Sources on Agrippina the Younger's early life


With the exception of the coin and source 10, these are NOT set-texts . 
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1.  Agrippina the Younger's birth, 6 November ad15

Tacitus, Annals, Book 12, Chapter 27
[In the year ad50,] Agrippina, in order to advertise her strength to the provinces also, arranged for the plantation of a colony of veterans in the Ubian town where she was born. The settlement received its title from her name; and, as chance would have it, it had been her grandfather Agrippa who extended Roman protection to the tribe on its migration across the Rhine.
2.  At Germanicus's Triumph, 26 May ad17 - age 2

Tacitus, Annals, Book 2, Chapter 41
In the consulate of Gaius Caelius and Lucius Pomponius, on the twenty-sixth day of May, Germanicus Caesar celebrated his triumph over the Cherusci, the Chatti, the Angrivarii, and the other tribes lying west of the Elbe.  There was a procession of spoils and captives, of mimic mountains, rivers, and battles; and the war, since he had been forbidden to complete it, was assumed to be complete.
To the spectators the effect was heightened by the noble figure of the commander himself, and by the five children who loaded his chariot. Yet beneath lay an unspoken fear, as men reflected that to his father Drusus the favour of the multitude had not brought happiness — that the loves of the Roman nation were fleeting and unblest!

3.  At the Mourning of Germanicus, ad19 - age 4

Tacitus, Annals, Book 2, Chapter 75
Agrippina [the Elder] herself, worn out with grief and physically ill, yet intolerant of every obstacle to revenge, went on board the fleet with her children and the ashes of Germanicus; amid universal pity for this woman of sovereign lineage, her wedded glory wont but yesterday to attract the gaze of awed and gratulatory crowds, now carrying in her bosom the relics of the dead, uncertain of her vengeance, apprehensive for herself, cursed in that fruitfulness which had borne but hostages to fortune.
Tacitus, Annals, Book 3, Chapter 2 
Tiberius had sent two cohorts of his Guard; with further orders that the magistrates of Calabria, Apulia, and Campania should render the last offices to the memory of his son. And so Germanicus's ashes were borne on the shoulders of tribunes and centurions: before him the standards went unadorned, the fasces reversed; while, at every colony they passed, the commons in black and the knights in official purple burned raiment, perfumes, and other of the customary funeral tributes, in proportion to the resources of the district. Even the inhabitants of outlying towns met the procession, devoted their victims and altars to the departed spirit, and attested their grief with tears and cries. Drusus came, with Germanicus' brother Claudius and the children who had been left in the capital. The consuls, Marcus Valerius and Marcus Aurelius (who had already begun their magistracy), the senate, and a considerable part of the people, filled the road, standing in scattered parties and weeping as they pleased: for of adulation there was none, since all men knew that Tiberius was with difficulty dissembling his joy at the death of Germanicus.

4.  Marriage to Domitius, ad28 - age 13

Tacitus, Annals, Book 4, Chapter 75
Tiberius, after personally conferring on Gnaeus Domitius the hand of his grandchild Agrippina, ordered the marriage to be celebrated in Rome. In Domitius, to say nothing of the antiquity of his family, he had chosen a blood-connection of the Caesars: for he could boast Octavia as his grandmother, and, through Octavia, Augustus as his great-uncle.

5.  Agrippina's mother is exiled, ad29 - age 13

Tacitus, Annals, Book 5, Chapters 3-5
3 A letter denouncing Agrippina [the Elder] and Nero was forwarded to Rome... Its wording was of studied asperity, but the offences imputed by the sovereign to his grandson were not rebellion under arms, not meditated revolution, but unnatural love and moral depravity. Against his daughter-in‑law Tiberius dared not fabricate even such a charge, but arraigned her haughty language and refractory spirit; the senate listening in profound alarm and silence, until a few who had nothing to hope from honesty (and public misfortunes are always turned by individuals into stepping-stones to favour) demanded that a motion be put — Cotta Messalinus being foremost with a drastic resolution. But among other leading members, and especially the magistrates, alarm prevailed: for Tiberius, bitter though his invective had been, had left all else in doubt...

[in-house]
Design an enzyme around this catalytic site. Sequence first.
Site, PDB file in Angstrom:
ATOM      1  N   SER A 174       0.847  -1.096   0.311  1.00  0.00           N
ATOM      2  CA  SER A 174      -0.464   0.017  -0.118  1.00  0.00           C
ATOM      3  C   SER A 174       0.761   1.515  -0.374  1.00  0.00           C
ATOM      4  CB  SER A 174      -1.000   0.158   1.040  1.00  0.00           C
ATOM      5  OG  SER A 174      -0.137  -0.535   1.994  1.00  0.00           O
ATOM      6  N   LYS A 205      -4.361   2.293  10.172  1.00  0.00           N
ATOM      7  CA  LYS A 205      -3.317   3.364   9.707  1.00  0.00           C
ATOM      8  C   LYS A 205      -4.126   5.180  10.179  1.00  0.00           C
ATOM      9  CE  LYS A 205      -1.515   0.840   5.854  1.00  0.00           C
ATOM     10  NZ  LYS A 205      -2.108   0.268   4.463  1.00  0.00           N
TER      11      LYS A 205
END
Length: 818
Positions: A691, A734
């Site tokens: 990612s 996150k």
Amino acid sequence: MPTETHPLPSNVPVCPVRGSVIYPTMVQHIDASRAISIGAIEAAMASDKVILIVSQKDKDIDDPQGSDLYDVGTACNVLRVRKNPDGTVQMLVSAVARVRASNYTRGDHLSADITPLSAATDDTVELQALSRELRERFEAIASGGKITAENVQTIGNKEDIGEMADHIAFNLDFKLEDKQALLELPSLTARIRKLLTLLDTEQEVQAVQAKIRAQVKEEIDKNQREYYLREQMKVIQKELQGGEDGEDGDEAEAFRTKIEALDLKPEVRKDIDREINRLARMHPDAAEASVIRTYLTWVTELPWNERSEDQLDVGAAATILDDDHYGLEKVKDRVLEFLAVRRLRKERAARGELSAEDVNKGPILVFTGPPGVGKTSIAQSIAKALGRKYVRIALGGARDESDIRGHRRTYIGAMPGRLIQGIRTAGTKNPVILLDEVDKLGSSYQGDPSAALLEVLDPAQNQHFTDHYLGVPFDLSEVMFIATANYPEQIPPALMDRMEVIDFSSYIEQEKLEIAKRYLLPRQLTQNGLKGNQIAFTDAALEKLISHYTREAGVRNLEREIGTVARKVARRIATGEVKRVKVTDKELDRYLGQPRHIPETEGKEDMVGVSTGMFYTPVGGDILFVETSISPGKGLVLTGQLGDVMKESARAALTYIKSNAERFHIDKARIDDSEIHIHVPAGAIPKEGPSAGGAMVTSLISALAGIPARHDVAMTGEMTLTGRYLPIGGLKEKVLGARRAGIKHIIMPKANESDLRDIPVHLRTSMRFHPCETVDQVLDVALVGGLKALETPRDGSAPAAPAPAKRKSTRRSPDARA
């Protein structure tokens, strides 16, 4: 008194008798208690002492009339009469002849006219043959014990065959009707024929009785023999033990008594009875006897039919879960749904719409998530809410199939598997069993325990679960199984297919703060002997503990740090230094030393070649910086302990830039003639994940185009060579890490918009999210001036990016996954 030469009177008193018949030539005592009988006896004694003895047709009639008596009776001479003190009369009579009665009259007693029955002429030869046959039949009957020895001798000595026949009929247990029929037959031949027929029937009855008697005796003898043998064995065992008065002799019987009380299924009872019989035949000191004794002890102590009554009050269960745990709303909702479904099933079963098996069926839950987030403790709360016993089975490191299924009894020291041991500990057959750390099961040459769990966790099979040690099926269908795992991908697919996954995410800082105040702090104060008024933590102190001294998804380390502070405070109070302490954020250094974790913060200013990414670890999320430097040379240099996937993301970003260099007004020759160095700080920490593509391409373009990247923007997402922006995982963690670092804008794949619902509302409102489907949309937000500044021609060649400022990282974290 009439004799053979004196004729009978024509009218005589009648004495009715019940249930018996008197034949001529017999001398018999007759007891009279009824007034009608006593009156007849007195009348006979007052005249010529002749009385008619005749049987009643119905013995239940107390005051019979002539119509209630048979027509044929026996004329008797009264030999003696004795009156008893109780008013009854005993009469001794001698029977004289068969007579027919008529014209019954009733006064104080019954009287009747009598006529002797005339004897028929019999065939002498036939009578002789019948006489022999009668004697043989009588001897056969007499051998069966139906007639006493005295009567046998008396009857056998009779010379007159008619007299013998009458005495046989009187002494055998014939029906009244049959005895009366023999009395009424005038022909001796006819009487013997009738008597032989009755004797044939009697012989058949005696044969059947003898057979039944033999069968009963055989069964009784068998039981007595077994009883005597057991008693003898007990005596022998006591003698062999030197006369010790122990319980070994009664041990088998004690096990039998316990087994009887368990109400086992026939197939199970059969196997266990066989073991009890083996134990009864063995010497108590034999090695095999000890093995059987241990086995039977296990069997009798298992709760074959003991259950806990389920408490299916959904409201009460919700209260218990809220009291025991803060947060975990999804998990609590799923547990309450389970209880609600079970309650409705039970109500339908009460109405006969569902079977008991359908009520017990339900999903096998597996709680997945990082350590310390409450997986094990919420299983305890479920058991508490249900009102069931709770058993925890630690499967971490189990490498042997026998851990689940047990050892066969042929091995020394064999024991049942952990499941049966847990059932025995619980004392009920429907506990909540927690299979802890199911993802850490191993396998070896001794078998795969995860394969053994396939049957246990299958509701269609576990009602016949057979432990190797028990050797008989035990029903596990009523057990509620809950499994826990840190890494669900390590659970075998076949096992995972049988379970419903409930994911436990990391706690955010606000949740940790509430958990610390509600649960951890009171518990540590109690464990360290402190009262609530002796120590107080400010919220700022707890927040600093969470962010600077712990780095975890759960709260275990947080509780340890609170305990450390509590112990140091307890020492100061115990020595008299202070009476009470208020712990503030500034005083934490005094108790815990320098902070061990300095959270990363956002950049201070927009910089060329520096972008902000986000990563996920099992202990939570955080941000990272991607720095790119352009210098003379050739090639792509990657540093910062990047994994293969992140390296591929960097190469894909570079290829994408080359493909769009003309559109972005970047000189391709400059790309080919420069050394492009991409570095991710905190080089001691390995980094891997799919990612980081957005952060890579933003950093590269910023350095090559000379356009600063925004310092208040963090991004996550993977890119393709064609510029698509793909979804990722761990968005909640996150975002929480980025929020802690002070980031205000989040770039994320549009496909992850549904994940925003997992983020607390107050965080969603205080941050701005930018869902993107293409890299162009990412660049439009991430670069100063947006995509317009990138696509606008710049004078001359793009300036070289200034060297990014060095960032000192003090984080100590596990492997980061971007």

4 There was in the senate a certain Junius Rusticus, chosen by the Caesar to compile the official journal of its proceedings, and therefore credited with some insight into his thoughts. Under some fatal impulse — for he had never before given an indication of courage — or possibly through a misapplied acuteness which made him blind to dangers imminent and terrified of dangers uncertain, Rusticus insinuated himself among the doubters and warned the consuls not to introduce the question. At the same time, the people, carrying effigies of Agrippina [the Elder] and Nero, surrounded the curia, and, cheering for the Caesar, clamoured that the letter was spurious and that it was contrary to the Emperor's wish that destruction was plotted against his house...
5 Tiberius, therefore, after repeating the scandalous allegations against his grandson and daughter-in‑law and rebuking the populace by edict, expressed his regret to the senate "that by the dishonesty of a single member the imperial majesty should have been publicly turned to scorn," but demanded that the entire affair should be left in his own hands. Further deliberation was needless, and they proceeded, not indeed to decree the last penalties (that course was forbidden) but to assert their readiness for vengeance, from which they were debarred by compulsion of the sovereign. . .

6.  Agrippina's husband during the reign of Tiberius, ad37 - age 21

Tacitus, Annals, Book 12, Chapters 47-48 
47 Meanwhile... Albucilla, made notorious by a multitude of lovers, and at one time married to Satrius Secundus, the divulger of the plot, was arraigned for a breach of piety towards the sovereign: associated in the indictment as her accomplices and adulterers were Gnaeus Domitius, Vibius Marsus, Lucius Arruntius... But the documents forwarded to the senate stated that Macro had presided at the examination of witnesses and the torture of the slaves; and the absence of the emperor's usual letter against the accused gave rise to a suspicion that much of the evidence had been fabricated during his illness, and possibly without his knowledge